Imagine a city. Growing. Teeming with life. The center of the universe for the hottest new technology. Attracting top talent from around the country and the world. A hotbed for entrepreneurs, with over 100 startups vying for supremacy. Investors scrambling to fund this growth and capture some value from the latest technology wave. The home of newly minted millionaires, some who have become household names throughout the nation. The place to be — as artists, musicians and chefs gravitate to the city to cater to the vibrant boomtown.

That city: Detroit. The year: 1924. The epicenter of the new disruptive technology of the day: the automobile.

Not exactly what you expected? No less an authority than ChatGPT describes Detroit as “a city in Michigan that has been struggling economically for many years.” What went wrong? How did this tech hotbed become a symbol for urban decay, for a city in decline?

One hundred years later, could this become the fate of Silicon Valley? Could Palo Alto be the Detroit of the 21st century? To many, this seems preposterous. When asked, ChatGPT states “No, Palo Alto is not the next Detroit. Palo Alto is a city in California that is known for its high-tech industry and its wealth.

Since the advent of “Silicon Valley” in the 1960s, the region containing Palo Alto has transitioned gracefully from chips to computers to software to digital services. Will it continue as the center of the tech universe, itself the center of the economic universe?

Or could the Valley be in danger from the kind of complacency and stagnation that was Detroit’s undoing? The Bay Area in 2024 and Detroit in 1924 share several things in common:

  1. An increasingly consolidated market dominated by a handful of mega firms.
  2. A reduction in competition due to that concentration.
  3. And little desire on the part of inside stakeholders and the public to moderate the power of the mega firms.

The Rise and Fall of Detroit

With the rise of Henry Ford and the establishment of the Ford Motor Company and its mass production process in 1903, Detroit quickly rose to be the center of the emerging U.S. auto industry. By 1915, over 100 auto companies had entered the market, headquartered in the greater Detroit area. The city of Detroit boomed as a result. Its population grew from 285,000 in 1900 to over one million by1924.  

On the auto front, a shakeout occurred. Competition was fierce. Many entrepreneurs closed up shop. Others decided to merge.  

By 1924, the Detroit auto industry had settled down into a competition between the “Big Three”: Ford, Chrysler and General Motors. For the next few decades, times were good. They commanded over 90 percent market share in the U.S. between the three of them. Detroit boomed alongside them, reaching a peak population of 1.8 million by the mid-1950s.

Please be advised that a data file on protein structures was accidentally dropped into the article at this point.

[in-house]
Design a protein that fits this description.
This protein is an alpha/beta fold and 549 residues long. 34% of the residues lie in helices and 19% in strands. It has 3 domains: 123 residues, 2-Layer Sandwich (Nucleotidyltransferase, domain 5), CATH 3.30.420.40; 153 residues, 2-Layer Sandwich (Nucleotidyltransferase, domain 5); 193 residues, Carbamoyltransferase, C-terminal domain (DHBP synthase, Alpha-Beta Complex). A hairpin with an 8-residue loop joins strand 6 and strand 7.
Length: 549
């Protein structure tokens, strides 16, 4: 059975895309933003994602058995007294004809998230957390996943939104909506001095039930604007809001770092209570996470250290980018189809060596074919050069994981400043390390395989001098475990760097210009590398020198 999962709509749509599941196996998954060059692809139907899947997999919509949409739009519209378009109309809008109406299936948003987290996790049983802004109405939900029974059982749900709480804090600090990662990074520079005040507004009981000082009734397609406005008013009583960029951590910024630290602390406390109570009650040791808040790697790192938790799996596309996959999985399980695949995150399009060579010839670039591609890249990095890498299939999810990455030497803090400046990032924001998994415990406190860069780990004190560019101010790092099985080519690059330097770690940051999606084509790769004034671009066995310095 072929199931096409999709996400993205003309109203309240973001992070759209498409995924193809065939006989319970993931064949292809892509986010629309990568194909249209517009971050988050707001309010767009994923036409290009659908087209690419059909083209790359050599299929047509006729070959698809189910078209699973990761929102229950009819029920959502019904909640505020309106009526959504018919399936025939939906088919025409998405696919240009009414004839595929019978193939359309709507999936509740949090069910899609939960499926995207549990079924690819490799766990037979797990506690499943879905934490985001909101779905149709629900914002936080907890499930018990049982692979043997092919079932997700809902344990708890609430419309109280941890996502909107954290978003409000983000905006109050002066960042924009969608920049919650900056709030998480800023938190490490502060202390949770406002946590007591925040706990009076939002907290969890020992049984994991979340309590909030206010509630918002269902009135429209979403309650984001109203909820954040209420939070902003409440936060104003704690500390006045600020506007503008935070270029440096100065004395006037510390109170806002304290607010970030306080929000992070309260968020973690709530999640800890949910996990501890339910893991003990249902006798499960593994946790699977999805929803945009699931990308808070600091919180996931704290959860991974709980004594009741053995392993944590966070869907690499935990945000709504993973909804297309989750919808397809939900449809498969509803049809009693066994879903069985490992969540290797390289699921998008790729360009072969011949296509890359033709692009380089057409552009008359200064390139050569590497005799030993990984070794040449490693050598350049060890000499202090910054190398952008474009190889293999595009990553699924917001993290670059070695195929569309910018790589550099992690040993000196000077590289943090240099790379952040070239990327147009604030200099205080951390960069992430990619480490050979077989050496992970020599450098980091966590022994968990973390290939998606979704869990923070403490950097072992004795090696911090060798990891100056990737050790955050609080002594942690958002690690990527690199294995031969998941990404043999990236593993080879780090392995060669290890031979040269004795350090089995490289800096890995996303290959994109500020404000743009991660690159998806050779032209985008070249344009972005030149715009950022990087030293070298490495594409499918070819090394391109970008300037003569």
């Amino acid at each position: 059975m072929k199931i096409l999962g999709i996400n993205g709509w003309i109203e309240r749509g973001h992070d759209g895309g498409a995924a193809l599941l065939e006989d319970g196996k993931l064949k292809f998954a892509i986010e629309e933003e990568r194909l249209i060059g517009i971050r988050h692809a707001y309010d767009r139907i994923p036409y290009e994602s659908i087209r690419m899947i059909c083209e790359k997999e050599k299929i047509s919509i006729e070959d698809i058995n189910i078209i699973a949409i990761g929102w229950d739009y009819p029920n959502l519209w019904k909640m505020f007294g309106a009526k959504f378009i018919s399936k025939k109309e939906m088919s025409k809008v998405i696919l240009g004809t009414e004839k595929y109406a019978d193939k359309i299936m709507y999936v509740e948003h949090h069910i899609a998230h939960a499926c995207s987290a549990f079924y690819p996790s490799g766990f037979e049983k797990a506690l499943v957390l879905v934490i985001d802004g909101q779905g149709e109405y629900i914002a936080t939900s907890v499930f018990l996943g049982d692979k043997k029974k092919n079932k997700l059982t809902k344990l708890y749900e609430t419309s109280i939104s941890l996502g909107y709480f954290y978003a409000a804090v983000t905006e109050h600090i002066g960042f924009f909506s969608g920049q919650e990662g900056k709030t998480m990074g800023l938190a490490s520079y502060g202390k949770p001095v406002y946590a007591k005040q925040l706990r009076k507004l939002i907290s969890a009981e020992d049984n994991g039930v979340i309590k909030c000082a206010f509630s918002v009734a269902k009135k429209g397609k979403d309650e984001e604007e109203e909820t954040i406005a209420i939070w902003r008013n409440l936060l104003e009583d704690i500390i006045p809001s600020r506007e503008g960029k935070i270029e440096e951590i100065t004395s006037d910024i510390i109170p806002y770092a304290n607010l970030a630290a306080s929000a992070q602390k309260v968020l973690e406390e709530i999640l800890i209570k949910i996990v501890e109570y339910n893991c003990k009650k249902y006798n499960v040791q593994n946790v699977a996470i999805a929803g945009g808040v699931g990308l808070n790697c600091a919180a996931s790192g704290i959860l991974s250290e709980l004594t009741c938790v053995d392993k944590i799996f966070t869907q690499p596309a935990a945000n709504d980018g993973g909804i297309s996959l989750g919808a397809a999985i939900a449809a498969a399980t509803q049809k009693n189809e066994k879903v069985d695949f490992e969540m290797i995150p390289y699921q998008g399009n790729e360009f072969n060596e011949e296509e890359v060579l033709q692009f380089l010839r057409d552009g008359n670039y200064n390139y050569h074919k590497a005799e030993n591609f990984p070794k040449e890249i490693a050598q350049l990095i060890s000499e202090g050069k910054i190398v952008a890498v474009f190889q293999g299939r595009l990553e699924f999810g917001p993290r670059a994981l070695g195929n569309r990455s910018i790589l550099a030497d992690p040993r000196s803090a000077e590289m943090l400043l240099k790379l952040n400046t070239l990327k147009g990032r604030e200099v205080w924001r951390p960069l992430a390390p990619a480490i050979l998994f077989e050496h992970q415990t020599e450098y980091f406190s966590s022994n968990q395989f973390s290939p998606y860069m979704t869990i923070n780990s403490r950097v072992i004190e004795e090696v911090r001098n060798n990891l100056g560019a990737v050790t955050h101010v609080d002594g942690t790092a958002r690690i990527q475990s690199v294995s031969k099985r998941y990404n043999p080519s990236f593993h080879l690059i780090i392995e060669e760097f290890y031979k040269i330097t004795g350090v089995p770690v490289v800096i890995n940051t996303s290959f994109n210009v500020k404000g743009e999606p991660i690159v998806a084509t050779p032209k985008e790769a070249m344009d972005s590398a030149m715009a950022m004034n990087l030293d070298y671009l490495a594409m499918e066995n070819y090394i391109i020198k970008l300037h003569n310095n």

However, complacency started to creep in.

Across the oceans, Japanese manufacturers were experimenting with smaller cars and lean production practices, and German manufacturers had emerged from WWII emphasizing quality and style. In the 1970s, multiple recessions reduced household budgets, and expensive gas increased preferences for more efficient cars. Over the next few decades, the Big Three saw a pronounced decline in their dominance.

And with that decline, so came a decline in Detroit. By 1990, Detroit had lost close to 50 percent of its population. Whole city blocks fell into disrepair and were bulldozed. By 2012, over one-third of the land mass of the city was vacant.1 By 2020, its population was under 650,000.

The pattern seen in the Detroit auto industry is not unique. In fact, it is quite common. 

It is normal to see the rise of new technologies or business practices that spur innovation, attract entrepreneurs and replace the status quo. It is also normal to see a competitive shakeout as the technology matures and growth eventually ebbs, leaving behind a handful of dominant players who over time grow complacent, sowing the seeds for the next disruption.

Less well recognized, however, is how what economist Joseph Schumpeter called the “gales of creative destruction” are often place-based. From the collapse of New England whaling to the demise of Pittsburgh steel, once-vibrant boom towns are often left in the wake of creative destruction. Much of the industrial Northeast and Midwest is pockmarked by cities that were once the epicenter of technology-driven booms, only to fall into despair as technology and markets moved on.

A Similar Fate for the Bay Area?

Silicon Valley takes its name from its role in pioneering the computing revolution and being the leading center of semiconductor manufacturing. While other cities rose and fell, the Bay Area has had a 50-year-plus run of dominance.

So why doubt such a track record?

First and foremost, we have seen the rise of a small group of Big Tech companies that are capturing outsized gains in the market. If we look at market capitalization, Bay Area companies command a 50 percent market share of the Top 10 global technology companies.2 If not for Seattle’s pair of tech giants, Amazon and Microsoft, the concentration of value in Silicon Valley would be near 75 percent.

Part of the downfall of Detroit was a lack of competition beyond the auto Big Three. Can we say the same about the Bay Area tech Big Three: Apple, Alphabet/Google and Meta/Facebook?3

Weakness = Antidote to Complacency?